My Allowable Eccentricity: Vibram Five Fingers

I am a firm believer in Hollander’s Theory of Idiosyncratic Credits. I figure the key is to be balanced in how you cash in your idiosyncratic credits and to use them wisely. Get the most life-enhancing benefit from them — like an odd hobby that brings you joy, a food item that is odd for your culture but very healthy, that kind of thing.

How about a shoe that gives you all of the benefits of going barefoot, allowing your foot to be unshackled from the strictures of shoedom, but with all the grip and protection? My latest “allowable eccentricity” is my beloved Vibram Five-Fingers shoes. I am spending the idiosyncratic credits like crazy, but I don’t care!

I admit that they look funny. My daughter is mortified when I wear them. My wife just tolerates being seen out in public with me wearing them. But. I. Love them.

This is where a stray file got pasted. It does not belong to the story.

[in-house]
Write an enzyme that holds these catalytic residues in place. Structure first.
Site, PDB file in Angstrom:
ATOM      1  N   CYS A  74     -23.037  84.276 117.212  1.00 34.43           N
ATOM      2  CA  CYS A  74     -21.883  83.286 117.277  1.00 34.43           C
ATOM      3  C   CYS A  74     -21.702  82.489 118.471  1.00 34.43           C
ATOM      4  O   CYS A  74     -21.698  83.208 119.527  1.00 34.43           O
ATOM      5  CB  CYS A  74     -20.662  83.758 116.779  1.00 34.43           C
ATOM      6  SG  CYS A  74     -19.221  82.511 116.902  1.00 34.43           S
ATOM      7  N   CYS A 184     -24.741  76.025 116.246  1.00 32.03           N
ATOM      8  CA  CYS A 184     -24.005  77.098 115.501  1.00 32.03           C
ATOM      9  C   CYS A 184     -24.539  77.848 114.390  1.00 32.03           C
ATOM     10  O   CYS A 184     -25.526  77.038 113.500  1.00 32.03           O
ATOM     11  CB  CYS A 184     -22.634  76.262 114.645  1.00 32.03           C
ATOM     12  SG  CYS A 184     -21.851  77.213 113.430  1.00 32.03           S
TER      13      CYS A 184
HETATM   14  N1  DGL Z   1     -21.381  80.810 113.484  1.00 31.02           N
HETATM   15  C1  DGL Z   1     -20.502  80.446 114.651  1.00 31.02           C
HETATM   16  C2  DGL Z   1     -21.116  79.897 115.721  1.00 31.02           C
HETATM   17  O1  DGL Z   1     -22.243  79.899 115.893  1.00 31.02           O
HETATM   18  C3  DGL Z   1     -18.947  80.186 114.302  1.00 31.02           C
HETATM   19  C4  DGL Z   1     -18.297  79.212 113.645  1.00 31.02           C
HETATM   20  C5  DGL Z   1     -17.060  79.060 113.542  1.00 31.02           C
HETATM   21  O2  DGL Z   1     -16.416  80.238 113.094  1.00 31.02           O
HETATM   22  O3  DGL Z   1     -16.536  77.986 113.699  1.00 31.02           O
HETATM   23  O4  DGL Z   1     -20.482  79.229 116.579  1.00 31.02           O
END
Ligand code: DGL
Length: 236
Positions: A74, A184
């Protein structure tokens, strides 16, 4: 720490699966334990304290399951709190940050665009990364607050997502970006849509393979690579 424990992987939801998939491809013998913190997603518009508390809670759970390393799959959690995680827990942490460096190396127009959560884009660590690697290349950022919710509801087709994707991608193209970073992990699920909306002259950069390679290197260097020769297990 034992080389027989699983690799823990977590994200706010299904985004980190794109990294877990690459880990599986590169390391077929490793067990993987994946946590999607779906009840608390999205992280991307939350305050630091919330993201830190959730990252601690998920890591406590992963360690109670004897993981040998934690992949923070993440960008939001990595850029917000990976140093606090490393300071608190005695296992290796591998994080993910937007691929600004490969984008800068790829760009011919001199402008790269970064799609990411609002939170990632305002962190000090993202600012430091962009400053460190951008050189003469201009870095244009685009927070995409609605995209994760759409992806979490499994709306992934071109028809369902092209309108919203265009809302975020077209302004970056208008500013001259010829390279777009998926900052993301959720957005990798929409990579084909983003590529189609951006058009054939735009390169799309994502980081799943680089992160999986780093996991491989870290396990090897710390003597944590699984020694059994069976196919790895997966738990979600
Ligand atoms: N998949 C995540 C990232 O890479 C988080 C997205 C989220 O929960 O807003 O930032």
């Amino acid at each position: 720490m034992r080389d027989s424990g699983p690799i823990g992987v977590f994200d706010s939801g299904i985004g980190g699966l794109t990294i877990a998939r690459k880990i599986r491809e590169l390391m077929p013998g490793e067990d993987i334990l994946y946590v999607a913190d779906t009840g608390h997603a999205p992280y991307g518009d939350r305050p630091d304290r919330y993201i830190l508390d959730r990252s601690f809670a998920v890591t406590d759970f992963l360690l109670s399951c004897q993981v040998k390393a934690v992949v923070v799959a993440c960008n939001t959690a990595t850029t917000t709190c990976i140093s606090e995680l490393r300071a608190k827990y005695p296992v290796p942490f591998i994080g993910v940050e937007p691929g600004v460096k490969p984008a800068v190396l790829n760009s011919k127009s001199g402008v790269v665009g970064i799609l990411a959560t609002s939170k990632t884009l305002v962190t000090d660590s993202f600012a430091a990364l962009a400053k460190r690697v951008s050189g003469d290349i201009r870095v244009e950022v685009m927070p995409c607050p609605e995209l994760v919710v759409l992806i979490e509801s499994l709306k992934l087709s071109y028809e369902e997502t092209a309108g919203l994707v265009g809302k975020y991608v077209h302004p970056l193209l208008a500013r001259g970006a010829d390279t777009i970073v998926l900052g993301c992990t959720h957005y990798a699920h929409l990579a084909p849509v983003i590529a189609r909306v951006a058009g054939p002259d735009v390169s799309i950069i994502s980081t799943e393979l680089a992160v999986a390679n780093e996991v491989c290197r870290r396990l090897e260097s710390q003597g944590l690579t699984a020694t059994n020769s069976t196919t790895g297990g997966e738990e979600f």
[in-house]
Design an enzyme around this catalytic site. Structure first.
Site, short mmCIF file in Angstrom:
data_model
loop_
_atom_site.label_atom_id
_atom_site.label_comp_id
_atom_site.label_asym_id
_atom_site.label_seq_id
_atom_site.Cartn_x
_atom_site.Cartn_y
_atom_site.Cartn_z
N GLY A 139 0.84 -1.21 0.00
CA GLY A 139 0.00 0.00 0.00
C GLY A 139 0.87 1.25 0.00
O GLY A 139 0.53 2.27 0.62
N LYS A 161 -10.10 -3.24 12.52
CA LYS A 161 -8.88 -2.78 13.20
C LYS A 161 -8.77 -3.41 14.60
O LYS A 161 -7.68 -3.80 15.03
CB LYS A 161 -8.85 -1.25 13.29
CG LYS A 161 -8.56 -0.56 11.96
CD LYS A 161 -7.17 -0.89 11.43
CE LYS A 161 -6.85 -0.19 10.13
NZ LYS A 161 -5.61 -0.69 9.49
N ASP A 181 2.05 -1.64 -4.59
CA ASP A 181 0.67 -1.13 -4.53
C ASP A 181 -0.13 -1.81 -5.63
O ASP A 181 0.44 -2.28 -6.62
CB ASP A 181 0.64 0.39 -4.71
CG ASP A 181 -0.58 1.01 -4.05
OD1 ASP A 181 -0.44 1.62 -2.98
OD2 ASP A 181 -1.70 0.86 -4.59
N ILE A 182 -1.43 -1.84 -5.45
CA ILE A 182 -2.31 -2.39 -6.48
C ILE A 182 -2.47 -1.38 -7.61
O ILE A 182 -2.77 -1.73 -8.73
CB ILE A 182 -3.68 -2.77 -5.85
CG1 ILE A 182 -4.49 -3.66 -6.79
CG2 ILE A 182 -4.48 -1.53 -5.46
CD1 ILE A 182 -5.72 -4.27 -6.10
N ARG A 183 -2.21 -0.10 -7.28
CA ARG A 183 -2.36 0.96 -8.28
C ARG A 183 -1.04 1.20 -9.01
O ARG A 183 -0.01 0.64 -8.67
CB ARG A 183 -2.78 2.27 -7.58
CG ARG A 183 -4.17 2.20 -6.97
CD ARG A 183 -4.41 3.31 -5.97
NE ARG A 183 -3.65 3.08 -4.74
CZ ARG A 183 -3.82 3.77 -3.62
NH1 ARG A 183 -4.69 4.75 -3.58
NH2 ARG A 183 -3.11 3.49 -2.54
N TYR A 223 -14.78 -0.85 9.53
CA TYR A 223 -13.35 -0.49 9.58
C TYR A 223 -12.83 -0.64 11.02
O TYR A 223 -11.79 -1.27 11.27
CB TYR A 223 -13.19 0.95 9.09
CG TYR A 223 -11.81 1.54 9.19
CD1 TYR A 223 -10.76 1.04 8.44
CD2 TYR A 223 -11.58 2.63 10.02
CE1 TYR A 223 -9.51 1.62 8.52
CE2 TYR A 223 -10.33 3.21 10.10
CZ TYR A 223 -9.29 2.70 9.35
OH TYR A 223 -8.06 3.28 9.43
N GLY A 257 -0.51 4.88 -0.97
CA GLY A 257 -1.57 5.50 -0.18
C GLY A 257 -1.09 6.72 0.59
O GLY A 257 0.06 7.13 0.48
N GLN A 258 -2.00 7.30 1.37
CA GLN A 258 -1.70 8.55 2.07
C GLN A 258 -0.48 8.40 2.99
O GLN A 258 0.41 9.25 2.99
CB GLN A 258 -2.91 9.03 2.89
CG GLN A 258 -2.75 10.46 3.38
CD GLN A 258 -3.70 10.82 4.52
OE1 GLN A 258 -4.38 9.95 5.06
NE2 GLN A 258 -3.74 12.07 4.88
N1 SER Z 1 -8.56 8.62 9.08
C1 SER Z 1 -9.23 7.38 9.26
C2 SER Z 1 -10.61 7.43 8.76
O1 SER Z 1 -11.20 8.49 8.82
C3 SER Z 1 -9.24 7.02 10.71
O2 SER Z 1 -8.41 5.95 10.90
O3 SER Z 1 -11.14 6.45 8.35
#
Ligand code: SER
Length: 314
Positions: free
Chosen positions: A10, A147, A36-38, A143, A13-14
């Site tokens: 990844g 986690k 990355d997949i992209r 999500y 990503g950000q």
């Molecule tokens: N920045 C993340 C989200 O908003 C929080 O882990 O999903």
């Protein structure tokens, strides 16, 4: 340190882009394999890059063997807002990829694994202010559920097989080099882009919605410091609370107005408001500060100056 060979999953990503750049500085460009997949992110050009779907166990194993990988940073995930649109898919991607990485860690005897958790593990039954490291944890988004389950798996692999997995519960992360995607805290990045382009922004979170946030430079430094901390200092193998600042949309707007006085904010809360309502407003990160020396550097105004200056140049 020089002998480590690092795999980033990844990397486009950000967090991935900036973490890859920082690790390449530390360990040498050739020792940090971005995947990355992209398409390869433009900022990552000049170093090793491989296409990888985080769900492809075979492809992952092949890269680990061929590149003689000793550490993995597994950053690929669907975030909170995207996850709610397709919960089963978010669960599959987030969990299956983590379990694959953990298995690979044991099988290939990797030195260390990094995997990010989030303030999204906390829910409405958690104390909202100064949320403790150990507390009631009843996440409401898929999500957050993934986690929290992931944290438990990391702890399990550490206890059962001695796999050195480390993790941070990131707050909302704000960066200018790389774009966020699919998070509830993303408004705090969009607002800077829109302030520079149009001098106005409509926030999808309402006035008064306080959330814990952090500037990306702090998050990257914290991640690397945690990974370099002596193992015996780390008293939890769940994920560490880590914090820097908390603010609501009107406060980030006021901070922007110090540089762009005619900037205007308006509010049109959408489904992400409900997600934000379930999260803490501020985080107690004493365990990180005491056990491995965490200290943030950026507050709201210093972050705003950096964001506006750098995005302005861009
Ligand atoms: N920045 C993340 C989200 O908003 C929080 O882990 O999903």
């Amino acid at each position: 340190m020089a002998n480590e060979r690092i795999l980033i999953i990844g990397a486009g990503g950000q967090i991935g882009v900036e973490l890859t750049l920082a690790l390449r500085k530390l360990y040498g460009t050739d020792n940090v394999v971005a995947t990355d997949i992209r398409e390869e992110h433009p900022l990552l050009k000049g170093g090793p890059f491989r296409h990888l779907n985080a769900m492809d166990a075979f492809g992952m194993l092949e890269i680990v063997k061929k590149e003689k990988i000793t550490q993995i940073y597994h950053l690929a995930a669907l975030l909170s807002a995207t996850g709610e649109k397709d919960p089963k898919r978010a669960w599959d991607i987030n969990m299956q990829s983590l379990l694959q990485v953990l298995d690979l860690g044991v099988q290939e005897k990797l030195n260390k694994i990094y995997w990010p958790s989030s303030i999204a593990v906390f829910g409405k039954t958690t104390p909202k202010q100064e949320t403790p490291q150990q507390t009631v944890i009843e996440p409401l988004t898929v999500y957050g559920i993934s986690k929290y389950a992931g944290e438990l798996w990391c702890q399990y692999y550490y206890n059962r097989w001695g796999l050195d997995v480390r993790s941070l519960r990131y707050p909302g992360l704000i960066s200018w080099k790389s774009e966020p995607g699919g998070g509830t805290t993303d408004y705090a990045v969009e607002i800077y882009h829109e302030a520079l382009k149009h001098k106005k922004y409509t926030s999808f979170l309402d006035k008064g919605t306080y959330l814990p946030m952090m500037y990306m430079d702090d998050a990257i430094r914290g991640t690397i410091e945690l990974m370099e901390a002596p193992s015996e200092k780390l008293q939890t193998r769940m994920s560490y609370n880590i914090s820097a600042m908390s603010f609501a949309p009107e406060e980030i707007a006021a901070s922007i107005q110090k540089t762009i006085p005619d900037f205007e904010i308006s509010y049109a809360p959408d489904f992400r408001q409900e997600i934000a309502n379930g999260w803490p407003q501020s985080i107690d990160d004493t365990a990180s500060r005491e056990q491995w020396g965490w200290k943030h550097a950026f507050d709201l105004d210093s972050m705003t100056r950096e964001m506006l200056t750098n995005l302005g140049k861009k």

I wear them anywhere I would wear flip-flops. They attract a lot of attention, which is a down-side. (Why can I not have near-barefoot shoe comfort in peace? Why? Why?)

I saw them in an Adam Sternberg article called “You Walk Wrong” in NY Mag. I initially was looking to buy the Clark’s Vivos, as I am a fan of Clark’s shoes, but they are of limited availability in the US. (I plan to buy some as soon as I can get some, though)

I bought the Five-Fingers as a second choice to the Vivos. But now I am as in love as a person can be with an inanimate object that makes your feet feel free, protected, and respected as individuals.

While I managed to play four games of racquetball in them last week, I doubt I will ever try parkour or breakdancing in them. But they are my default hanging-out shoes.

Offensive package for a seductive idea

Two things I love — Coffee and Yerba Mate — combined together in one too-hip-for-its-own-good, tragically insensitive marketing gimmick. Yet I am intrigued.

Introducing Meth Coffee.

Equating this long overdue combination with the drug that has destroyed thousands of lives in the past week shows some of the brash arrogance of youth combined with a lack of marketing originality (‘Cocaine’ apparently was already taken, I see.)

But still, I want to try some.